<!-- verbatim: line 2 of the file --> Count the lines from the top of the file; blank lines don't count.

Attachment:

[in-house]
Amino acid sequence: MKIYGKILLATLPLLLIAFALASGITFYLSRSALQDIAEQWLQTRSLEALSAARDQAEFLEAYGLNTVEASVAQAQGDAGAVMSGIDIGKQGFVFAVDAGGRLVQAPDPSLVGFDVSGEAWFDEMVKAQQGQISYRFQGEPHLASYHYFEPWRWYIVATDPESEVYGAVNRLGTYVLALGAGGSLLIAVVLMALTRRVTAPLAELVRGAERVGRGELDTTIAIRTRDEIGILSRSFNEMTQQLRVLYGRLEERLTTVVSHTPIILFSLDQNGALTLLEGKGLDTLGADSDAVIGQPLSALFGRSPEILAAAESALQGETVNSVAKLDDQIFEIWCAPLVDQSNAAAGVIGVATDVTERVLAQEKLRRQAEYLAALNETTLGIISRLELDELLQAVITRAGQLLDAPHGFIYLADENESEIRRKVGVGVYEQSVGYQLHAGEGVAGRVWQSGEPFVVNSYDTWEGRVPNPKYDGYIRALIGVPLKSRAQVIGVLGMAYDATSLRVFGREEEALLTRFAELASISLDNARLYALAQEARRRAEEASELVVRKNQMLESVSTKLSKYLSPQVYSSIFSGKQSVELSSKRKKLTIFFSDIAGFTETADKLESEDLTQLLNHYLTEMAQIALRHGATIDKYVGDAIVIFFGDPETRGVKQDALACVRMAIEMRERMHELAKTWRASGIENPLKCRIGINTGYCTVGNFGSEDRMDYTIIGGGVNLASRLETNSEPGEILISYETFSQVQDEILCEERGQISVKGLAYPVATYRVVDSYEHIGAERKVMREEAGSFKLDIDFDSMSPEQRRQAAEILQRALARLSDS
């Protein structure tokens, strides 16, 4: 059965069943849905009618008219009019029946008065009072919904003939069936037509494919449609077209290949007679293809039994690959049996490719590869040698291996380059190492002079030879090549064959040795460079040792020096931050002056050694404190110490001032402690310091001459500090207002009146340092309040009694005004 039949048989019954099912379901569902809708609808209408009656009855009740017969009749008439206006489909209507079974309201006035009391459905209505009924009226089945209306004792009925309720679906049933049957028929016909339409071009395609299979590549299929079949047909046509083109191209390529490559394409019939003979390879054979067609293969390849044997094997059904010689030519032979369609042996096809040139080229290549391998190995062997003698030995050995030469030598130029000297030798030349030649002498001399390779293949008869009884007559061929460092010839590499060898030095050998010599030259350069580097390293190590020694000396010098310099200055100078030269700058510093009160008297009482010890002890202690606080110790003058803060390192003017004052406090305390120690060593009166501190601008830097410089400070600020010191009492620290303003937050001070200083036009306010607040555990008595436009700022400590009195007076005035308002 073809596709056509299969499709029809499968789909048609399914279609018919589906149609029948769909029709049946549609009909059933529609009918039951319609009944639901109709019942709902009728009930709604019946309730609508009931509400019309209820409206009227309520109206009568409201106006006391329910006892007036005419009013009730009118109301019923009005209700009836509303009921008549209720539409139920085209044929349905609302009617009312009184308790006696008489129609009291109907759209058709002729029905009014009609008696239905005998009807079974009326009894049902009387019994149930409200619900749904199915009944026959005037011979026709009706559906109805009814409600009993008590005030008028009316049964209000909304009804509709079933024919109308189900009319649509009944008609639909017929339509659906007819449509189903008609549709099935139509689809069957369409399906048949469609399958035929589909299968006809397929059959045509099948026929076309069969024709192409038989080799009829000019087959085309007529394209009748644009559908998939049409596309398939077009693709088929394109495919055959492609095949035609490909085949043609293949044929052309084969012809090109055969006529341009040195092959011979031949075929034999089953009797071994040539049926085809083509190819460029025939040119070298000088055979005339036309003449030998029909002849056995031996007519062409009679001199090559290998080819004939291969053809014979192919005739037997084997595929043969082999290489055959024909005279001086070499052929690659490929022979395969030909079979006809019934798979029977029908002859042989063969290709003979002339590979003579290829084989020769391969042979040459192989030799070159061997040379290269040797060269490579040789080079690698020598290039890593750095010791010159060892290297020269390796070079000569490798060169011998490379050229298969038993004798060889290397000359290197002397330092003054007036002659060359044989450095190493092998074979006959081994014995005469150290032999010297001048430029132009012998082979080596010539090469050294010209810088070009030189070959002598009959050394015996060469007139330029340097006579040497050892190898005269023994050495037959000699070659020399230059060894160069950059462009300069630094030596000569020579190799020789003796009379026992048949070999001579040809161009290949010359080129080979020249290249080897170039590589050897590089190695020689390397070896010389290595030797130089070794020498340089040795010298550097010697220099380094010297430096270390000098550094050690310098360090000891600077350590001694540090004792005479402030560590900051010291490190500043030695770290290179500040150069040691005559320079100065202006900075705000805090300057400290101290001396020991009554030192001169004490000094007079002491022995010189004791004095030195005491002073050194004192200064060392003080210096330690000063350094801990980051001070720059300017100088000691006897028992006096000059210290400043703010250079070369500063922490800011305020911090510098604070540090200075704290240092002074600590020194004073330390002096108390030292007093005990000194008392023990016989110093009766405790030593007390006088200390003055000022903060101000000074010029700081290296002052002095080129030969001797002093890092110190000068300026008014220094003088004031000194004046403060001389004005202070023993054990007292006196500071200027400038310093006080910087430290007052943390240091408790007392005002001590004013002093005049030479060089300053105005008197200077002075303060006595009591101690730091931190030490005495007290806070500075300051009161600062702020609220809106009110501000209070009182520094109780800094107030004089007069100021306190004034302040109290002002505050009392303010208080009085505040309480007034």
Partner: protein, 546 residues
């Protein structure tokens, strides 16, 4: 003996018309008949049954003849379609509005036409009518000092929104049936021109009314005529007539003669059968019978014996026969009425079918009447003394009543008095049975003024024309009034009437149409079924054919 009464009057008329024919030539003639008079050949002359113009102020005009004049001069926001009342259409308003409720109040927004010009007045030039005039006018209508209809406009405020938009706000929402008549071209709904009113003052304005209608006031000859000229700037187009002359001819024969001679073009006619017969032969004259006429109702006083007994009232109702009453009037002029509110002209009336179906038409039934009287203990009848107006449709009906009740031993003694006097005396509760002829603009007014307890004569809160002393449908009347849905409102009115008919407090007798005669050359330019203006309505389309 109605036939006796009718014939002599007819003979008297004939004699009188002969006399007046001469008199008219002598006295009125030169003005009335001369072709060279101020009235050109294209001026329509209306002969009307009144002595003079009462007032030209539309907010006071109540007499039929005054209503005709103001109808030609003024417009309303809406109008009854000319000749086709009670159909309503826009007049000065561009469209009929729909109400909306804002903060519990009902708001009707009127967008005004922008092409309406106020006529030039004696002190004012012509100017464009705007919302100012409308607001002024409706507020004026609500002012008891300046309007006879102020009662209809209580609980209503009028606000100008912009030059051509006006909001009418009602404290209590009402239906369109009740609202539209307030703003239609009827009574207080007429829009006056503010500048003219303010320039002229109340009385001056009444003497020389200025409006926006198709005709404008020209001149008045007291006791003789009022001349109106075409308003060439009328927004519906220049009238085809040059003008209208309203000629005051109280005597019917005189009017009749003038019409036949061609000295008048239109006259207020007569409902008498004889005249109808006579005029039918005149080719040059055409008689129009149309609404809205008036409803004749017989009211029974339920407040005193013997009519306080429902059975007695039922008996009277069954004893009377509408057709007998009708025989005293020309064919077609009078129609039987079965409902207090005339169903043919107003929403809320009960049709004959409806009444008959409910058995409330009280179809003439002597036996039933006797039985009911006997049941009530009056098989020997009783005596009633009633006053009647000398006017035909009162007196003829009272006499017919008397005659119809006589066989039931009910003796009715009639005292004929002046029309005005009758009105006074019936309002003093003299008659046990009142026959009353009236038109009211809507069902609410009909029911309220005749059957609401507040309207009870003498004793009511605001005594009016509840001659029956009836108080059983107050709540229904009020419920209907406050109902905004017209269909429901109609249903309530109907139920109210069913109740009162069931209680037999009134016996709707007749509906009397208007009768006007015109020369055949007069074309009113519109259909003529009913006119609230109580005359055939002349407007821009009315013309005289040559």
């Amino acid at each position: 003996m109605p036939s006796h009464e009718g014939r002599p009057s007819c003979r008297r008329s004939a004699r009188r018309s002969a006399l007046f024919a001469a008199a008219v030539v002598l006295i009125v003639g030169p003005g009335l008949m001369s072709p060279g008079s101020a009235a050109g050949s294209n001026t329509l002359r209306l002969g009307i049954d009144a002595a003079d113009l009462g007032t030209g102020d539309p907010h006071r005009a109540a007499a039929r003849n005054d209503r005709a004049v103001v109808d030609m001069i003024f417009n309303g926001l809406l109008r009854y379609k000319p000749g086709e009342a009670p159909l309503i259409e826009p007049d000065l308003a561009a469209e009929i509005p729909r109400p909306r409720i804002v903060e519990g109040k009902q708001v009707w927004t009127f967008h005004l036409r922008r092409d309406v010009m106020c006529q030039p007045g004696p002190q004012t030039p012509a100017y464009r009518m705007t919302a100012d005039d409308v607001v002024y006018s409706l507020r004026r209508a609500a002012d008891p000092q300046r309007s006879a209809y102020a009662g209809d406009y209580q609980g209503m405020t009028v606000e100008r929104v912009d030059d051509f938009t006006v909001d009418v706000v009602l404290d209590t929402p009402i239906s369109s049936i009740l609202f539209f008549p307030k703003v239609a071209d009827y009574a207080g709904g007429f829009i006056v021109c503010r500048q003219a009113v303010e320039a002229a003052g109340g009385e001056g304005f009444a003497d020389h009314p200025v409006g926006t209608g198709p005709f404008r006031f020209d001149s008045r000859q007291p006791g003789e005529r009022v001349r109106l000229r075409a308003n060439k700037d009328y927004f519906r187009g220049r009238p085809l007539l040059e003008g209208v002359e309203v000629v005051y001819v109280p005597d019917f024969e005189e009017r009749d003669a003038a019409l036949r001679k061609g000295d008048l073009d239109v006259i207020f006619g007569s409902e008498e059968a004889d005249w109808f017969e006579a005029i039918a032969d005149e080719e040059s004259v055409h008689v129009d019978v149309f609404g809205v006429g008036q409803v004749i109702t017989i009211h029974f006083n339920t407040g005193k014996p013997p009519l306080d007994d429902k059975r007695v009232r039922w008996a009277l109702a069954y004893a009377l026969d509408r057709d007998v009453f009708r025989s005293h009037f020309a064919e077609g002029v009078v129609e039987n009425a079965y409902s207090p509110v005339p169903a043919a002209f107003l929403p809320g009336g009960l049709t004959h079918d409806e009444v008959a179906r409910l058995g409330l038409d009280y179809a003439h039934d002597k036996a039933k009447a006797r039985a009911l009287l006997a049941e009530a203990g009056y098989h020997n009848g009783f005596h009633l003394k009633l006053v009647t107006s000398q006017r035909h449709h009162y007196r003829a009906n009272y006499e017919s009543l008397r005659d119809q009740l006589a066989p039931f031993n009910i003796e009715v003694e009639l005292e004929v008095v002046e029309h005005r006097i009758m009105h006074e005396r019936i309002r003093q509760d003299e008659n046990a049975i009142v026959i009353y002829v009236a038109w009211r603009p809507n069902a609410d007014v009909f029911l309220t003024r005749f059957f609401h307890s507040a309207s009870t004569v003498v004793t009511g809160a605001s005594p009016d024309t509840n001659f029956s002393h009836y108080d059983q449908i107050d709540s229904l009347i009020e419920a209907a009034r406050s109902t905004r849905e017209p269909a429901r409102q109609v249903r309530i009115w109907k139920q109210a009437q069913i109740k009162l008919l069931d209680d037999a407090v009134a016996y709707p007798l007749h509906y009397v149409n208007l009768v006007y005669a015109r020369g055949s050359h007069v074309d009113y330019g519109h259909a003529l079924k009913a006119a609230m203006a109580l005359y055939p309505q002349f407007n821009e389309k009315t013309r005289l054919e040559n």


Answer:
Amino acid sequence: MKIYGKILLATLPLLLIAFALASGITFYLSRSALQDIAEQWLQTRSLEALSAARDQAEFLEAYGLNTVEASVAQAQGDAGAVMSGIDIGKQGFVFAVDAGGRLVQAPDPSLVGFDVSGEAWFDEMVKAQQGQISYRFQGEPHLASYHYFEPWRWYIVATDPESEVYGAVNRLGTYVLALGAGGSLLIAVVLMALTRRVTAPLAELVRGAERVGRGELDTTIAIRTRDEIGILSRSFNEMTQQLRVLYGRLEERLTTVVSHTPIILFSLDQNGALTLLEGKGLDTLGADSDAVIGQPLSALFGRSPEILAAAESALQGETVNSVAKLDDQIFEIWCAPLVDQSNAAAGVIGVATDVTERVLAQEKLRRQAEYLAALNETTLGIISRLELDELLQAVITRAGQLLDAPHGFIYLADENESEIRRKVGVGVYEQSVGYQLHAGEGVAGRVWQSGEPFVVNSYDTWEGRVPNPKYDGYIRALIGVPLKSRAQVIGVLGMAYDATSLRVFGREEEALLTRFAELASISLDNARLYALAQEARRRAEEASELVVRKNQMLESVSTKLSKYLSPQVYSSIFSGKQSVELSSKRKKLTIFFSDIAGFTETADKLESEDLTQLLNHYLTEMAQIALRHGATIDKYVGDAIVIFFGDPETRGVKQDALACVRMAIEMRERMHELAKTWRASGIENPLKCRIGINTGYCTVGNFGSEDRMDYTIIGGGVNLASRLETNSEPGEILISYETFSQVQDEILCEERGQISVKGLAYPVATYRVVDSYEHIGAERKVMREEAGSFKLDIDFDSMSPEQRRQAAEILQRALARLSDS